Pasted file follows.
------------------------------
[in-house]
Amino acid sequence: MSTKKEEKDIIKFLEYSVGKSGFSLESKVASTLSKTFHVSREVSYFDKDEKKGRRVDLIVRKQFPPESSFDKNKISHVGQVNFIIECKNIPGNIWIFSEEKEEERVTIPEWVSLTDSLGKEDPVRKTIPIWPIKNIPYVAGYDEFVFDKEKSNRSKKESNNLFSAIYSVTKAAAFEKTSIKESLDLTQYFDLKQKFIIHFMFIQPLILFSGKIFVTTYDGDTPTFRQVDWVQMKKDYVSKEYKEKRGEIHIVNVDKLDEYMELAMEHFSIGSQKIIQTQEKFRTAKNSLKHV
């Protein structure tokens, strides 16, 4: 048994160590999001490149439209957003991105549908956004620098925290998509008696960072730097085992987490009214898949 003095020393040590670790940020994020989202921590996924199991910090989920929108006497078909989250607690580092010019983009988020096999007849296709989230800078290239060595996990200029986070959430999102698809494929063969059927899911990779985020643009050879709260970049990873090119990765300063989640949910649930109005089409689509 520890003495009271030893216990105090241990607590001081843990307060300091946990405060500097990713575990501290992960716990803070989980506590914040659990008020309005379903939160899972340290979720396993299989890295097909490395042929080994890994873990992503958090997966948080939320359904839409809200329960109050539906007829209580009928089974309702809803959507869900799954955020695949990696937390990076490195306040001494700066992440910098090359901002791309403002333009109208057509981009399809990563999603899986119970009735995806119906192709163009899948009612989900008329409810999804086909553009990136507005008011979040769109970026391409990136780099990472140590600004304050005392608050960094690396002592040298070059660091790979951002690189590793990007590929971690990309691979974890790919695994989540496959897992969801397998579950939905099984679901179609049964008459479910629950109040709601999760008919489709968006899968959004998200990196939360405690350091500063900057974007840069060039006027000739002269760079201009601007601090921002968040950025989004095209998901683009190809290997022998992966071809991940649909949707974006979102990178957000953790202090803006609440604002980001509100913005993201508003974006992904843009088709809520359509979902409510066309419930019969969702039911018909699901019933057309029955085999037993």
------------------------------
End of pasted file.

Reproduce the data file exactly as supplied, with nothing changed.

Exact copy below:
[in-house]
Amino acid sequence: MSTKKEEKDIIKFLEYSVGKSGFSLESKVASTLSKTFHVSREVSYFDKDEKKGRRVDLIVRKQFPPESSFDKNKISHVGQVNFIIECKNIPGNIWIFSEEKEEERVTIPEWVSLTDSLGKEDPVRKTIPIWPIKNIPYVAGYDEFVFDKEKSNRSKKESNNLFSAIYSVTKAAAFEKTSIKESLDLTQYFDLKQKFIIHFMFIQPLILFSGKIFVTTYDGDTPTFRQVDWVQMKKDYVSKEYKEKRGEIHIVNVDKLDEYMELAMEHFSIGSQKIIQTQEKFRTAKNSLKHV
């Protein structure tokens, strides 16, 4: 048994160590999001490149439209957003991105549908956004620098925290998509008696960072730097085992987490009214898949 003095020393040590670790940020994020989202921590996924199991910090989920929108006497078909989250607690580092010019983009988020096999007849296709989230800078290239060595996990200029986070959430999102698809494929063969059927899911990779985020643009050879709260970049990873090119990765300063989640949910649930109005089409689509 520890003495009271030893216990105090241990607590001081843990307060300091946990405060500097990713575990501290992960716990803070989980506590914040659990008020309005379903939160899972340290979720396993299989890295097909490395042929080994890994873990992503958090997966948080939320359904839409809200329960109050539906007829209580009928089974309702809803959507869900799954955020695949990696937390990076490195306040001494700066992440910098090359901002791309403002333009109208057509981009399809990563999603899986119970009735995806119906192709163009899948009612989900008329409810999804086909553009990136507005008011979040769109970026391409990136780099990472140590600004304050005392608050960094690396002592040298070059660091790979951002690189590793990007590929971690990309691979974890790919695994989540496959897992969801397998579950939905099984679901179609049964008459479910629950109040709601999760008919489709968006899968959004998200990196939360405690350091500063900057974007840069060039006027000739002269760079201009601007601090921002968040950025989004095209998901683009190809290997022998992966071809991940649909949707974006979102990178957000953790202090803006609440604002980001509100913005993201508003974006992904843009088709809520359509979902409510066309419930019969969702039911018909699901019933057309029955085999037993």